Net assets: represent the difference between assets and liabilities. Nonprofits will report net assets “without donor restrictions” and net assets “with donor restrictions.” The latter represents net resources the organization holds that are subject to a donor provision over time or use. These were previously reported as either temporarily restricted (over time or use) net assets or permanently restricted  (restricted in perpetuity) net assets. 

Net pension liability: represents the net obligation of retirement benefits a government owes its current employees, retirees, and beneficiaries. It represents the difference between the present value of projected retiree benefits and the assets, most investments, reported at fair value. If accumulated assets exceed projected benefits, a net pension asset  is reported instead.  

Net position:  represents the differences between assets and liabilities. Governments will report net position as net investment in capital assets, restricted net assets, and unrestricted net assets. Net investment in capital consists of capital assets, net of accumulated depreciation, reduced by outstanding balances of bonds, mortgages, notes, or other borrowings that are attributable to the acquisition, construction, or improvement of those assets. Restricted net position  consists of restricted assets reduced by liabilities and deferred inflows of resources related to those assets. The balance is reported under unrestricted net position,  which represents the sum of net assets, deferred outflows, liabilities, and deferred inflows that are not included in the determination of net investment in capital or restricted component of net position (see GASB Statement 63).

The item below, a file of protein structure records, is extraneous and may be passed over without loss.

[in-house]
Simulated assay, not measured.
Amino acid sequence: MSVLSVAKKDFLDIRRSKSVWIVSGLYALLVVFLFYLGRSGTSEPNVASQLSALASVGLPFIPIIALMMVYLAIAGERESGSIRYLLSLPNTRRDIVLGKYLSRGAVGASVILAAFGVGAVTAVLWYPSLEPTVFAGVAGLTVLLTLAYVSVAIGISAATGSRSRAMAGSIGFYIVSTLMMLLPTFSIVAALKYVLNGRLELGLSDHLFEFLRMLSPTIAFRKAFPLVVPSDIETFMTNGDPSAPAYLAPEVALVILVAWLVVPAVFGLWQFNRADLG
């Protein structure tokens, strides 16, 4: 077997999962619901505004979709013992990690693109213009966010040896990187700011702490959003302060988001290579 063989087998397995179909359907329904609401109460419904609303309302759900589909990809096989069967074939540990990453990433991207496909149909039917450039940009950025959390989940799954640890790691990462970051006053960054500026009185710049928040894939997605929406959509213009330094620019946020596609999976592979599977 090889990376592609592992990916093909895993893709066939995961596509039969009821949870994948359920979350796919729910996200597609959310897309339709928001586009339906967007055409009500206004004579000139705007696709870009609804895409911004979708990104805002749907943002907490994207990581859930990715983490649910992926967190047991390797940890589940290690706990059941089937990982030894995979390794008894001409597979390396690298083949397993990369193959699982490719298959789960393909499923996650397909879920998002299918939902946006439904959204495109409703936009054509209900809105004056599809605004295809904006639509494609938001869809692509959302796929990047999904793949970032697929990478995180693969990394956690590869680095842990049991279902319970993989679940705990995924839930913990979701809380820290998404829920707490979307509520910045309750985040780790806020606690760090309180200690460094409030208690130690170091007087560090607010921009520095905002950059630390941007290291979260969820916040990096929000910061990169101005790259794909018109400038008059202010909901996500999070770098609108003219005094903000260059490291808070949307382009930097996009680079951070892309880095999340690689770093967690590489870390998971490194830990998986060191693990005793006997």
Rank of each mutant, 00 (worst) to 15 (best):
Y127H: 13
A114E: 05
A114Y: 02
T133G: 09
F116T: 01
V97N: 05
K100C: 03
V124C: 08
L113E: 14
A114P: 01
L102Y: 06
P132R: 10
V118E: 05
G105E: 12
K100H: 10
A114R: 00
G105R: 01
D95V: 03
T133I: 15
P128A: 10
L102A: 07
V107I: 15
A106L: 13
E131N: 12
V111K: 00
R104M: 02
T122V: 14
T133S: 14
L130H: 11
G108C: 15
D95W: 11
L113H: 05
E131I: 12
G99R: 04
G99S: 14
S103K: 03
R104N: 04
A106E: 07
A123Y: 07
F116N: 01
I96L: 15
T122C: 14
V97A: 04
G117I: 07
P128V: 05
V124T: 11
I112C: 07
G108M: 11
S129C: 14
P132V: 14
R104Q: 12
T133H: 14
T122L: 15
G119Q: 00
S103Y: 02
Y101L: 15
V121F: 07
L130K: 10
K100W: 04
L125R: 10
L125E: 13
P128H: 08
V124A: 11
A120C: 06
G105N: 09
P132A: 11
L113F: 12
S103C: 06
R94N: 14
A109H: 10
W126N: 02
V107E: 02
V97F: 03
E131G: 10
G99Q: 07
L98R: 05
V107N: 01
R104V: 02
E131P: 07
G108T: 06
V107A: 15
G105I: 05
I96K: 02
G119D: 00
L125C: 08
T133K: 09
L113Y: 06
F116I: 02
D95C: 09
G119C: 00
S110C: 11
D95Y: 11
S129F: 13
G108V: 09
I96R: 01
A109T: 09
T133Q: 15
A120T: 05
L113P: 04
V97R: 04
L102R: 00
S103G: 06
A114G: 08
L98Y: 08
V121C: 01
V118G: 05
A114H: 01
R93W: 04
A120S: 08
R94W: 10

Non-current assets: include assets that are not expected to be sold, used, or converted to cash within a year. Non-current assets include long-term receivables, investments (including restricted investments), and fixed assets. See also current assets. 

Non-current liabilities:  all liabilities that do not need to be paid within the current year. This will include long-term debt payable (net of the current portion) and pension liabilities. See also current liabilities. 

Notes payable:  unsecured short-term loans with maturities ranging from 18 months up to 60 months.  

Notes to the Financial Statements:  also known as footnotes to the financial statements, allow additional information and clarification to items presented in the basic financial statements (balance sheet, income state, and cash flow statement). It presents a summary of required disclosures, including accounting assumptions and any modifications that are material and relevant to financial disclosures, a discussion of financial policies, and a summary of upcoming transactions that may affect the organization’s long-term financial position.